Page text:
Sometimes it’s interesting to learn about the limits of a creative person’s power, even over their own creations. We all know that George Lucas doesn’t own Star Wars anymore, for example, and technically, Disney can make whatever product they want with that name on it and never have to even consult with Lucas himself. That seems fine with Lucas, although when pressed in interviews, he does still appear to be in the process of disengaging from Star Wars. It’s hardly an equal comparison, but Kevin Smith has recently run up against similar issues in his efforts to make sequels to his early calling-card films Clerks (1993) and Mallrats (1995).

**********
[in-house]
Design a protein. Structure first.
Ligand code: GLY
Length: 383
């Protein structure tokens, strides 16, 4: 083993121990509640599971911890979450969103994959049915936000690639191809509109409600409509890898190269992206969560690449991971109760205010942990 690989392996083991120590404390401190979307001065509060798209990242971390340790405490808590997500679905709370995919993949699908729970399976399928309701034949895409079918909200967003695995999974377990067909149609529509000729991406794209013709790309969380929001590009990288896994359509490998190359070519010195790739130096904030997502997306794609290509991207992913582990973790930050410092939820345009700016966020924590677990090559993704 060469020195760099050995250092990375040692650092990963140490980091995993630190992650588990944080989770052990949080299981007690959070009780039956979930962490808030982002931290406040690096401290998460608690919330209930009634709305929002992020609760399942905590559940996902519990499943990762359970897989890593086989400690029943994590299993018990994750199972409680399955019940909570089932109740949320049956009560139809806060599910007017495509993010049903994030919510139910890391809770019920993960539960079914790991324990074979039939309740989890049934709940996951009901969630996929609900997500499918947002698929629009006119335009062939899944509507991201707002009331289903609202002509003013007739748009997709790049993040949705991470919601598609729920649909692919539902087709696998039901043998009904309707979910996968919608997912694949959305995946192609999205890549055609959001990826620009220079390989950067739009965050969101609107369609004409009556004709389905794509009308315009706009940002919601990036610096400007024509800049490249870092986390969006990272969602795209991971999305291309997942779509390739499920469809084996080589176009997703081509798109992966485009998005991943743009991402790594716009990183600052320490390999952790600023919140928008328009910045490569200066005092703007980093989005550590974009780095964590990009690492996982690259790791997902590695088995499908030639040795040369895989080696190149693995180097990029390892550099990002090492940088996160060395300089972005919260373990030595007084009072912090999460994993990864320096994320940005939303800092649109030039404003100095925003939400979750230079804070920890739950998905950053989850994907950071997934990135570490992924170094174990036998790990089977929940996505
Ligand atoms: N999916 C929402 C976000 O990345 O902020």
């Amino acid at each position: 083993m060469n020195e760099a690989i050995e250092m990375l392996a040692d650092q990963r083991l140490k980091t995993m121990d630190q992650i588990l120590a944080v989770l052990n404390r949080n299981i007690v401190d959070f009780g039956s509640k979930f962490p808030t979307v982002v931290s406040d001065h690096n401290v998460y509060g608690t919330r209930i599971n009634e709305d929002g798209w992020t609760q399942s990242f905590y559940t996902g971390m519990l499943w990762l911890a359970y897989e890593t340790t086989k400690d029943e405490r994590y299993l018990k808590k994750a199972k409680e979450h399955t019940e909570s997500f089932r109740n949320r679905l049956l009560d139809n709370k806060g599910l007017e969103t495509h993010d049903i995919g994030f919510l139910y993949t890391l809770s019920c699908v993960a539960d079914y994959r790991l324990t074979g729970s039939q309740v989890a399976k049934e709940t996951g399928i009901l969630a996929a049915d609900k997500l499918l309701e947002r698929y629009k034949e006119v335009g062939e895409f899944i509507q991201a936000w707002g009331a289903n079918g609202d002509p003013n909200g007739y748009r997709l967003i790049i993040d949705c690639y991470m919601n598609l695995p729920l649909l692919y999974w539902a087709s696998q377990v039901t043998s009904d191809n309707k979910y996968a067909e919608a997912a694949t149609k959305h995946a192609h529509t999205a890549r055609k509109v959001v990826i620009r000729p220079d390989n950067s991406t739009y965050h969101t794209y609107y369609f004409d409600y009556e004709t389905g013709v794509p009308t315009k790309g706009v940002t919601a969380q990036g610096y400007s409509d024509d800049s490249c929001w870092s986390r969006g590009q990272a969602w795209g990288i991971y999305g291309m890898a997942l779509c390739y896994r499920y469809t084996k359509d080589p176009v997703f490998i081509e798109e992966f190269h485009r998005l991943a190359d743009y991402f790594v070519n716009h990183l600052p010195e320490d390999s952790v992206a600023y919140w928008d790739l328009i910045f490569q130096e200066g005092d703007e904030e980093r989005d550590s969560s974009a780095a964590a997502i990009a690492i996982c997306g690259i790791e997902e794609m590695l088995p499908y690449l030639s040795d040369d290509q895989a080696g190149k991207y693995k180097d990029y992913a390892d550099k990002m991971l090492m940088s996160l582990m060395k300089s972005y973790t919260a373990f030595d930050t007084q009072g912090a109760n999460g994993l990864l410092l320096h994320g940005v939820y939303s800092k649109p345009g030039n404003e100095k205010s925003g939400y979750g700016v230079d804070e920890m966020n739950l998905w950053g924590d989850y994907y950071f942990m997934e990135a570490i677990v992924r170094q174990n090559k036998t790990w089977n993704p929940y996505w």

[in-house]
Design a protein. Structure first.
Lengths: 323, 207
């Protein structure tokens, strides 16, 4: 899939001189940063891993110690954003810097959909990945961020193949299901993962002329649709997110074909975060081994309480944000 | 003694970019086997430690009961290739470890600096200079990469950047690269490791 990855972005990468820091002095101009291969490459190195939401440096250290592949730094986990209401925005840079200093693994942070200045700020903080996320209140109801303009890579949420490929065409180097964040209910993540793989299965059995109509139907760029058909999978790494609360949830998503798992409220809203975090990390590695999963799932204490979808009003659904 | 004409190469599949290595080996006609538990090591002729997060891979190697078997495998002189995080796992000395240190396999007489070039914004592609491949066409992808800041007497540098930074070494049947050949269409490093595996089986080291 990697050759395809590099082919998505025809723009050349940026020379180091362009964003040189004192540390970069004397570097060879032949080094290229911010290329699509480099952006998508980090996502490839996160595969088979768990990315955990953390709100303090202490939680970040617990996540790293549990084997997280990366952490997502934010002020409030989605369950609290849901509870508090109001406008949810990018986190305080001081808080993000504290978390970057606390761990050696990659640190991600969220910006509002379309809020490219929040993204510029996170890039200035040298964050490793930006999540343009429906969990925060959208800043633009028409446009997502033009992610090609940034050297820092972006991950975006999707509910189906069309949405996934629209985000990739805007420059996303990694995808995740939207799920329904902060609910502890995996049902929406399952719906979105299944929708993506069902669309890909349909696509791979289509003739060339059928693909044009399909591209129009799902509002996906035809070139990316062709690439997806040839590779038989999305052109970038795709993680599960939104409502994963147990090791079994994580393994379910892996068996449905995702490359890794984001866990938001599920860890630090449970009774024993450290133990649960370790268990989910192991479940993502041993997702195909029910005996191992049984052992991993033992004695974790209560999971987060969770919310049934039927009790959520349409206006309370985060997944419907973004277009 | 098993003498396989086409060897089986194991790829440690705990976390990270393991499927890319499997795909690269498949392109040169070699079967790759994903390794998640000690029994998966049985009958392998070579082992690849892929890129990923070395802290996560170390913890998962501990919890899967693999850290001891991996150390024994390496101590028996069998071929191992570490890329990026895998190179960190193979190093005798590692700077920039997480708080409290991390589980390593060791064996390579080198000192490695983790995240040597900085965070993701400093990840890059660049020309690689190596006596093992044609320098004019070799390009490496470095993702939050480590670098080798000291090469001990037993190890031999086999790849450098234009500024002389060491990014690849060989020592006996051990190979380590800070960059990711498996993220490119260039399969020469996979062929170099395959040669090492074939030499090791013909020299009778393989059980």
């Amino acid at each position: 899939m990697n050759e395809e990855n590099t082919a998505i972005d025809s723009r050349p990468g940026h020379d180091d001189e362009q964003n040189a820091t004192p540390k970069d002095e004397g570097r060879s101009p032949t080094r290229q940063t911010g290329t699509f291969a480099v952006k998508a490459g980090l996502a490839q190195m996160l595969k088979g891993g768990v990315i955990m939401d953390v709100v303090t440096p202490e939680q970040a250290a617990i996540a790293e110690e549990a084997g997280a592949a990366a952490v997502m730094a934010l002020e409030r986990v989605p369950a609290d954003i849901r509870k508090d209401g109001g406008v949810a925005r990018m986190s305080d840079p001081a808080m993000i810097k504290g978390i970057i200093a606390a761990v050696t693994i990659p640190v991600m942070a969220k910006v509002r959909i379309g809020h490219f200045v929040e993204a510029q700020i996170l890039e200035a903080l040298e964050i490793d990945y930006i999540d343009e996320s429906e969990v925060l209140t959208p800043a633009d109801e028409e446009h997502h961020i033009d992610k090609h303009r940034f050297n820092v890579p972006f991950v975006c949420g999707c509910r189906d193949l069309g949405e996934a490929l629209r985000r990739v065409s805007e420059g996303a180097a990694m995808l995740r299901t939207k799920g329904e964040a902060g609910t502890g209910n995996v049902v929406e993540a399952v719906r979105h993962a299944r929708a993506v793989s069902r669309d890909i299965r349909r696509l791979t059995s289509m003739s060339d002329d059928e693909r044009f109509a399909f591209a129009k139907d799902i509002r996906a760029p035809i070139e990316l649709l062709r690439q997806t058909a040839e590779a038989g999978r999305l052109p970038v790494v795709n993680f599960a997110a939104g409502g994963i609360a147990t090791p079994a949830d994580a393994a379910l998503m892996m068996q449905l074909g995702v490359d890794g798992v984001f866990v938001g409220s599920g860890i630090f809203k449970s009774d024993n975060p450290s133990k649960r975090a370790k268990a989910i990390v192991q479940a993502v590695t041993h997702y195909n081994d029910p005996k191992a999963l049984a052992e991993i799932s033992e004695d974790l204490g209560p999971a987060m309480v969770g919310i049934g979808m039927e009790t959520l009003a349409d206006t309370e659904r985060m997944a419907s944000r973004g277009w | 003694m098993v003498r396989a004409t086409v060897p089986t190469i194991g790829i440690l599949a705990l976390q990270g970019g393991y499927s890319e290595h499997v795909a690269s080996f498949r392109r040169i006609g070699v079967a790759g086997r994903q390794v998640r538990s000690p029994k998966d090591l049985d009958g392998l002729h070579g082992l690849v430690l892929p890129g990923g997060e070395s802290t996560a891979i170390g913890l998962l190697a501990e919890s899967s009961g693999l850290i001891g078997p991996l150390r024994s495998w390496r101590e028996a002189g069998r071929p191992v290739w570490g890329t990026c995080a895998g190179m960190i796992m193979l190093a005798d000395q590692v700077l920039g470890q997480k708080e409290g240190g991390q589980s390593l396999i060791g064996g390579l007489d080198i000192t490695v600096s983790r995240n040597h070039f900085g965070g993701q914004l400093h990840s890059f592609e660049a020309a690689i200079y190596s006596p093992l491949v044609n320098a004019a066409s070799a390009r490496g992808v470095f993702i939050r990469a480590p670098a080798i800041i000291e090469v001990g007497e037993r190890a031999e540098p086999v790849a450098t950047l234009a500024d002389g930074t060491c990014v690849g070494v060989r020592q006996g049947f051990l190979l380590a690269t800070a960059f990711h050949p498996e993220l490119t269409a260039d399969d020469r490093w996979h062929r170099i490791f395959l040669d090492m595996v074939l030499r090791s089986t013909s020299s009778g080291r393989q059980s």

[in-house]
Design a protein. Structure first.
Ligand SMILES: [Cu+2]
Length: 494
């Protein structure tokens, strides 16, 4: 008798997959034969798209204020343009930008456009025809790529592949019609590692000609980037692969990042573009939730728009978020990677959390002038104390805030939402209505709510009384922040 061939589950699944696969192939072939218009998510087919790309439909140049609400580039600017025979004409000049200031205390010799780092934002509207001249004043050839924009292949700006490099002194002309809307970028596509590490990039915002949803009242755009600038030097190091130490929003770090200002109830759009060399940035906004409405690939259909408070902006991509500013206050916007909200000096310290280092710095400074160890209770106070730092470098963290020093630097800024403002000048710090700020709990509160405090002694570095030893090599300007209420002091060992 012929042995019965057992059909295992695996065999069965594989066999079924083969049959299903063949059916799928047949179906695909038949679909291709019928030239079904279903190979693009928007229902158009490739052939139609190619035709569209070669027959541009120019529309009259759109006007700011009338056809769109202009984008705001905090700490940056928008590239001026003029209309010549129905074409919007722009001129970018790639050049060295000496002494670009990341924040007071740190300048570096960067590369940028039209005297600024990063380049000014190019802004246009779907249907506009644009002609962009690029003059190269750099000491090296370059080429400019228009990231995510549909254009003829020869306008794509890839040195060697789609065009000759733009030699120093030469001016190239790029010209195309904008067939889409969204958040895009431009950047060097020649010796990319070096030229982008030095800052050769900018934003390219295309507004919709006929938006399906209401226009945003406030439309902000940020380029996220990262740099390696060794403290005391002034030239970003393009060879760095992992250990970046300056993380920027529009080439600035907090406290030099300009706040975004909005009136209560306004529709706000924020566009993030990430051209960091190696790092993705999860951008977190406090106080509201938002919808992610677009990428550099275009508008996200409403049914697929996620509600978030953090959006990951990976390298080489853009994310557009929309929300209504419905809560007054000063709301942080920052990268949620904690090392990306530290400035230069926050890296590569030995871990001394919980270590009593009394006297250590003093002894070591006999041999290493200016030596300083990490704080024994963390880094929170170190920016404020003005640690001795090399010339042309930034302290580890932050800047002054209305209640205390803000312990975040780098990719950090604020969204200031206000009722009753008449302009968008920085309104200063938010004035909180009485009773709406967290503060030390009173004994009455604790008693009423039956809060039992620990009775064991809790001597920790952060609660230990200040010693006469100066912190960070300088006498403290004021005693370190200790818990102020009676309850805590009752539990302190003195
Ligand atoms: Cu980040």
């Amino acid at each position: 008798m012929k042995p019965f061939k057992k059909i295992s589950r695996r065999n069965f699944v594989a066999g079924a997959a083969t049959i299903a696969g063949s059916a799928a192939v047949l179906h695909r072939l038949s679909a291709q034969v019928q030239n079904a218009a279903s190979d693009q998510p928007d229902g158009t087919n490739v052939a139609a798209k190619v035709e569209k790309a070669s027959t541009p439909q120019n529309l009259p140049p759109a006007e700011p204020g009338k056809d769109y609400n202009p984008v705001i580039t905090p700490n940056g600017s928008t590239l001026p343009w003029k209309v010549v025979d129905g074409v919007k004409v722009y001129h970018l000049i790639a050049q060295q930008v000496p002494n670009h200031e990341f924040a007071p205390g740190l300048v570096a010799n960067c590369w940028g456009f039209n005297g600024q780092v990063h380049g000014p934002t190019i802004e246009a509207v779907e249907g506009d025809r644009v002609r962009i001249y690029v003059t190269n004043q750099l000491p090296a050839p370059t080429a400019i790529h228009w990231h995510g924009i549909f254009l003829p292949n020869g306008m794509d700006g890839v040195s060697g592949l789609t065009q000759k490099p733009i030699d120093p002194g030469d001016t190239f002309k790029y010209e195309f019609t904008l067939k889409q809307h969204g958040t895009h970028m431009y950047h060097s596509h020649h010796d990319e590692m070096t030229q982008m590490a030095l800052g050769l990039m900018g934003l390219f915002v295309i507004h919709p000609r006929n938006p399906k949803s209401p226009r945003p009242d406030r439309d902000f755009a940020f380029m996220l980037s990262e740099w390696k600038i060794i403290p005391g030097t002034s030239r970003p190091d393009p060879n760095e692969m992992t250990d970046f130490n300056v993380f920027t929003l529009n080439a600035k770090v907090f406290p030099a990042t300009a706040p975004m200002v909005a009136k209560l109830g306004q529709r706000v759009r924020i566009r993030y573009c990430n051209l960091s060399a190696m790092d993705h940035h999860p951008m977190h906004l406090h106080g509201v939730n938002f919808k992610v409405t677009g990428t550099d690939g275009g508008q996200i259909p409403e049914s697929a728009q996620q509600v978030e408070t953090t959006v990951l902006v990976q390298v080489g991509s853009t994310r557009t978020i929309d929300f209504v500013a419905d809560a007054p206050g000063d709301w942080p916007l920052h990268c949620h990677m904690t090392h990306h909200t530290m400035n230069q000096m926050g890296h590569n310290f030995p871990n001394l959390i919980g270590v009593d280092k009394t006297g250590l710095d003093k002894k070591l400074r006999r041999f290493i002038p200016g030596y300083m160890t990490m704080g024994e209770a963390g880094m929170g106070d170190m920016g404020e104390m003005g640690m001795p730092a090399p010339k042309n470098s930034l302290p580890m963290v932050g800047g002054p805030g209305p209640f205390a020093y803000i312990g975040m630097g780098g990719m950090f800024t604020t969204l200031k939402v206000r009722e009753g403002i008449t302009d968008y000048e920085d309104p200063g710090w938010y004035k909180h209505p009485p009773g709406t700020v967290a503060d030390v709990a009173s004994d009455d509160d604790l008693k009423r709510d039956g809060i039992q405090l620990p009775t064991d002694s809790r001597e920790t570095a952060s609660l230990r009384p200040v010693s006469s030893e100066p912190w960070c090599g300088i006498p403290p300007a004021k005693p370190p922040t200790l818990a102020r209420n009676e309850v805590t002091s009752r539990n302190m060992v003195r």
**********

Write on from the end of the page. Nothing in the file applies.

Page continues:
Those of us who follow Smith’s podcasts have been aware for some time that Smith had completed a script for Clerks III. An episode of Smodcast from October of 2014 with Jeff Anderson (who plays Randall) found Smith and his star in warm spirits, both on-board with the new film and looking forward to making it. Careful not to spoil the story, they reveal that Clerks III would be quite different from the first two Clerks films, much more serious and grown-up, the “Empire Strikes Back of the Clerks world,” as Anderson describes it. Just last week, however, Smith broke the sad news that Clerks III will not be made. His latest Smodcast episode, along with his posts on Facebook and Instagram, detail some of the process of the film’s unravelling.